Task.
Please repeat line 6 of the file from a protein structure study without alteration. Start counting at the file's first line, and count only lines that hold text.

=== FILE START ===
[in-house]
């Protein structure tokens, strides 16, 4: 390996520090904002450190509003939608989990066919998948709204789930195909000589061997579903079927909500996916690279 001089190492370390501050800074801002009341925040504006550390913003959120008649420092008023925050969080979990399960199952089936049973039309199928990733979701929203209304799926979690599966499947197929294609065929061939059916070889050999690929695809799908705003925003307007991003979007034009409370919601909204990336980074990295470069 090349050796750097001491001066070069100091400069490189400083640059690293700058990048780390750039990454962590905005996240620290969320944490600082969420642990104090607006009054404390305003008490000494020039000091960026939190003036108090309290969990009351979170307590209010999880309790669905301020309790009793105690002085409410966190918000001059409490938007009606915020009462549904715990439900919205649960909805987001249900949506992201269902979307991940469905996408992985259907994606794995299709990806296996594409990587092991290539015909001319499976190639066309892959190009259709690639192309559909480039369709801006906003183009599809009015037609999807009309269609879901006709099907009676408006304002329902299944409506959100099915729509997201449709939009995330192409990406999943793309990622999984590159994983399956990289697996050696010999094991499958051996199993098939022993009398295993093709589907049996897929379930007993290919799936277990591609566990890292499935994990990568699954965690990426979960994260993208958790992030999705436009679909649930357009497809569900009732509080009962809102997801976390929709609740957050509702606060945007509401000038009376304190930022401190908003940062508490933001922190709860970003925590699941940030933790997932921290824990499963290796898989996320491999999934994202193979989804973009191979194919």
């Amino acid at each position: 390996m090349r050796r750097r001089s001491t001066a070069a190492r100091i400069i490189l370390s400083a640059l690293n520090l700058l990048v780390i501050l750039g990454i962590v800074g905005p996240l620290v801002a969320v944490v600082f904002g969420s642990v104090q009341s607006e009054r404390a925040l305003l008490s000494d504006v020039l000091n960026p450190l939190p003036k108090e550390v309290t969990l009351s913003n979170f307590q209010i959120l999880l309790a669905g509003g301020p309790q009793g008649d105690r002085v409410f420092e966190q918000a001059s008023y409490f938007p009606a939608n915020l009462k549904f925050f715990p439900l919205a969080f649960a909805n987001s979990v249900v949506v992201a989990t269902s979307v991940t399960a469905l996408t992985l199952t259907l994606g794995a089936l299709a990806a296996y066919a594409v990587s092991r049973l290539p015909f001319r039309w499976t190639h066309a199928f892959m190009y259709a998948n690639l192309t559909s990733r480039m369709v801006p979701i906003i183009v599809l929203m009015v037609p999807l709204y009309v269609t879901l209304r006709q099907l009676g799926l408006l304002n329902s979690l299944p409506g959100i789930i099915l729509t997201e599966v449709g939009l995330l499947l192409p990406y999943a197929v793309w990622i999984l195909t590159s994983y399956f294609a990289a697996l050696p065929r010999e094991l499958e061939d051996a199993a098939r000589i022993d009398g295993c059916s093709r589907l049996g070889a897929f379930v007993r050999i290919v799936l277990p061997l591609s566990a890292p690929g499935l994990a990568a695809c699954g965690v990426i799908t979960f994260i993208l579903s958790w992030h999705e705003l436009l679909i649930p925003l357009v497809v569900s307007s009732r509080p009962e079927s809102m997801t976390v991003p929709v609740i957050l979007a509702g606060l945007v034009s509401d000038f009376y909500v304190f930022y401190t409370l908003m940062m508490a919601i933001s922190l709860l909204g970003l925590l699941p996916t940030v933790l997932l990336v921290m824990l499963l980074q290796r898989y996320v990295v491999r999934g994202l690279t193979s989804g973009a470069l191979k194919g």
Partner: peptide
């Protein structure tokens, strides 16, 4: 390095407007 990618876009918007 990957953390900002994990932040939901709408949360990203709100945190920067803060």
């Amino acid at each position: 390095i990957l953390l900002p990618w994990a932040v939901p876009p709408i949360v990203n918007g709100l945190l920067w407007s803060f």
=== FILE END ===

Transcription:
């Amino acid at each position: 390095i990957l953390l900002p990618w994990a932040v939901p876009p709408i949360v990203n918007g709100l945190l920067w407007s803060f």